The New York Times article, “Forget Goofing Around: Recess Has a New Boss” has inspired a lot of comment and generated a lot of attention for Playworks. The article raised a provocative question: what's better, structured or unstructured play? To me, the answer is easy: neither. You see, characterizing what we do and what we believe is needed in schools across America as either structured or unstructured is a false choice. Let me explain.
Over the past 14 years, Playworks has provided coaches at hundreds of low-income elementary schools in an effort to ensure that opportunities for play were protected. When I was growing up in Washington, DC, I had the chance to play outside, unsupervised, every day after school, during the weekends and all summer long. While some people might call that play "unstructured," I would argue that it was as structured as anything I have ever been a part of. The older kids taught the younger kids a host of rules – from how to pick teams to how to quickly end disputes – and as the younger kids became the older kids, we passed on this culture of play to the generation behind us.
But kids don’t get to play outside and be unsupervised the way we used to. And so when kids come to school, they don’t bring those skills with them, and recess is fundamentally different from the way you remember it. At Playworks, we aren’t creating opportunities for structured play as a way to control kids. We’re introducing a structure that the kids can ultimately take responsibility for themselves. We’re employing play as an opportunity for kids to develop the skills and to have the experiences they need to be successful: teamwork, empathy and leadership.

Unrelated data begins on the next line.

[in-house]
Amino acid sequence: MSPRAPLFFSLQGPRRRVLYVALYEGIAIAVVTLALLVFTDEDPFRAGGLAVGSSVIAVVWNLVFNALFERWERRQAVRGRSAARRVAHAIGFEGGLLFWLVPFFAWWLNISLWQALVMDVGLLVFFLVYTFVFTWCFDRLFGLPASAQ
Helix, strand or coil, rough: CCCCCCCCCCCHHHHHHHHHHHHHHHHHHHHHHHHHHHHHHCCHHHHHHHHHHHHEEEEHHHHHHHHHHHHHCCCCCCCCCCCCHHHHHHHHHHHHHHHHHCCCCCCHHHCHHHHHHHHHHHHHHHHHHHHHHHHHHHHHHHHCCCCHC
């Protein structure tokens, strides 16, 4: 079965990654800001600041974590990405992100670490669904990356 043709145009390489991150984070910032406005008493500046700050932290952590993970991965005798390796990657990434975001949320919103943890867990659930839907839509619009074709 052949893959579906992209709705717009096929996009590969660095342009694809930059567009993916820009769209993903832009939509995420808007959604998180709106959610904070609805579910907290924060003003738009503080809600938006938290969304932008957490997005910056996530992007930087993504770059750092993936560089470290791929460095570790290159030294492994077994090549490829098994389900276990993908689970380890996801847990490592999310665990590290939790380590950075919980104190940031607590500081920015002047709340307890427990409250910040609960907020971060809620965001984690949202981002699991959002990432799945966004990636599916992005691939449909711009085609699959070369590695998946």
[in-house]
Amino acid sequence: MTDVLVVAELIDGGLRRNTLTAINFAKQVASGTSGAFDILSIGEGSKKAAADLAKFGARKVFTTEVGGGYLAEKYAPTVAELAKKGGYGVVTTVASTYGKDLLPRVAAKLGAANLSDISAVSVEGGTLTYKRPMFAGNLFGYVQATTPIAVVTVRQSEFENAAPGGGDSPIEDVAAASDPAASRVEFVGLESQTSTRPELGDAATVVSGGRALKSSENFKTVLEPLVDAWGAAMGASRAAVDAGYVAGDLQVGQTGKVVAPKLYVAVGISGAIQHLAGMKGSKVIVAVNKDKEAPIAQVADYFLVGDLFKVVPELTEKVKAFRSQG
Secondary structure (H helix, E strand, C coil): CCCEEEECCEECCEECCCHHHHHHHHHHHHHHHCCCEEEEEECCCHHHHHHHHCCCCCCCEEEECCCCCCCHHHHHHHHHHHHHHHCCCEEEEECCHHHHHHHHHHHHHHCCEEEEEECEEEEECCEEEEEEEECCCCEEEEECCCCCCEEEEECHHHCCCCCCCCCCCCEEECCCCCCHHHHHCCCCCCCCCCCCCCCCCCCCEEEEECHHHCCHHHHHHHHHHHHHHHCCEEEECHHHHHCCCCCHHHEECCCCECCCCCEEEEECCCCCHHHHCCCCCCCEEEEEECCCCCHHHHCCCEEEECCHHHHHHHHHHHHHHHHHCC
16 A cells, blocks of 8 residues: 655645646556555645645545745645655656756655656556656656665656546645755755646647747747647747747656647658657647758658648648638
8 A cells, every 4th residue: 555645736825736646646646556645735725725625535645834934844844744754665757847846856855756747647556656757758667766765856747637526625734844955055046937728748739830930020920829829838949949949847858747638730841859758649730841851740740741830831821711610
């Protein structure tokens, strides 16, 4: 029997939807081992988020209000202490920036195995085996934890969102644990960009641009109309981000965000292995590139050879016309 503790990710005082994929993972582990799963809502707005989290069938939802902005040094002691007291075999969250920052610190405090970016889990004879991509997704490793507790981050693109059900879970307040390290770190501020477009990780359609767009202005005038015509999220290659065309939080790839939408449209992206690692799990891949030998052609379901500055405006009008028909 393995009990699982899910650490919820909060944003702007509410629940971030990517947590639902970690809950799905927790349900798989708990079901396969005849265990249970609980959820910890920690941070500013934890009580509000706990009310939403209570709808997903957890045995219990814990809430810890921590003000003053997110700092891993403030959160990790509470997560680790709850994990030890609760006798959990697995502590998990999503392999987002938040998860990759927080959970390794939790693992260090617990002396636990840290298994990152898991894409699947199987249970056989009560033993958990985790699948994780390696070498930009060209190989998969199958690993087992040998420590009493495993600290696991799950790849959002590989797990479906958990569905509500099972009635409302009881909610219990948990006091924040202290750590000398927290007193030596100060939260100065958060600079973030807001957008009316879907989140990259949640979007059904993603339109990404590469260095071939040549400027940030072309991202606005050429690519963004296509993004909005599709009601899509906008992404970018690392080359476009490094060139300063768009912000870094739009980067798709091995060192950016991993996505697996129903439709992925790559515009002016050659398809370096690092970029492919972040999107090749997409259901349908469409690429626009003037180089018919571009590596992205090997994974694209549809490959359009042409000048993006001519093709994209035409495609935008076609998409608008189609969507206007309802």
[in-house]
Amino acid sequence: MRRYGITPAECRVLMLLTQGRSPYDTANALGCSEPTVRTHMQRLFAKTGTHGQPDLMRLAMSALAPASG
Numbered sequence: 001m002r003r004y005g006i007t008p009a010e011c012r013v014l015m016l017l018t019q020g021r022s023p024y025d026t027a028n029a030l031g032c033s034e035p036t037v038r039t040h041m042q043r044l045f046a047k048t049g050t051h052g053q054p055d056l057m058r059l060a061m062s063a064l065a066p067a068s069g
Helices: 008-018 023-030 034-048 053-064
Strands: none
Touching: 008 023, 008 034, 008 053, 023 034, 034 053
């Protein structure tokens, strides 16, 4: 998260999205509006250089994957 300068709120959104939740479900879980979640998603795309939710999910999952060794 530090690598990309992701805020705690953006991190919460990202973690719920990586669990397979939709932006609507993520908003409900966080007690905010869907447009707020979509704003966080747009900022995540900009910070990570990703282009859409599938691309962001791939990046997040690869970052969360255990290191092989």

Schools all over the country have elected to reduce or eliminate recess because it impinges on instructional time or feels unsafe. Playworks has been growing nationally because schools have found that we can help make it possible for kids to play together and have fun, giving them an alternative to reducing or eliminating recess. Building a culture of play has positive impacts on the school learning environment – both on the playground and in the classroom. I was struck by the extent to which school staff commenting on the article understand and were quick to acknowledge this circumstance, while our detractors were equally quick to assume that our aim in creating structure was somehow nefarious.
I’ve spent the last 14 years of my life getting people to take play seriously and yesterday was a big day. As the ninth most emailed article on the New York Times website, it felt like we had arrived. But I guess I was also a little saddened to see that with this acknowledgement of import, play got sucked into the polarized environment of what passes for “debate” on education. Making sure that play is a part of every child’s day is a cost-effective and common-sense approach to addressing kids’ developmental needs. Bullies are a bummer wherever you find them, and we’re going to keep on doing what’s best for kids, both on the playgrounds and now on the front page of the New York Times. Game on.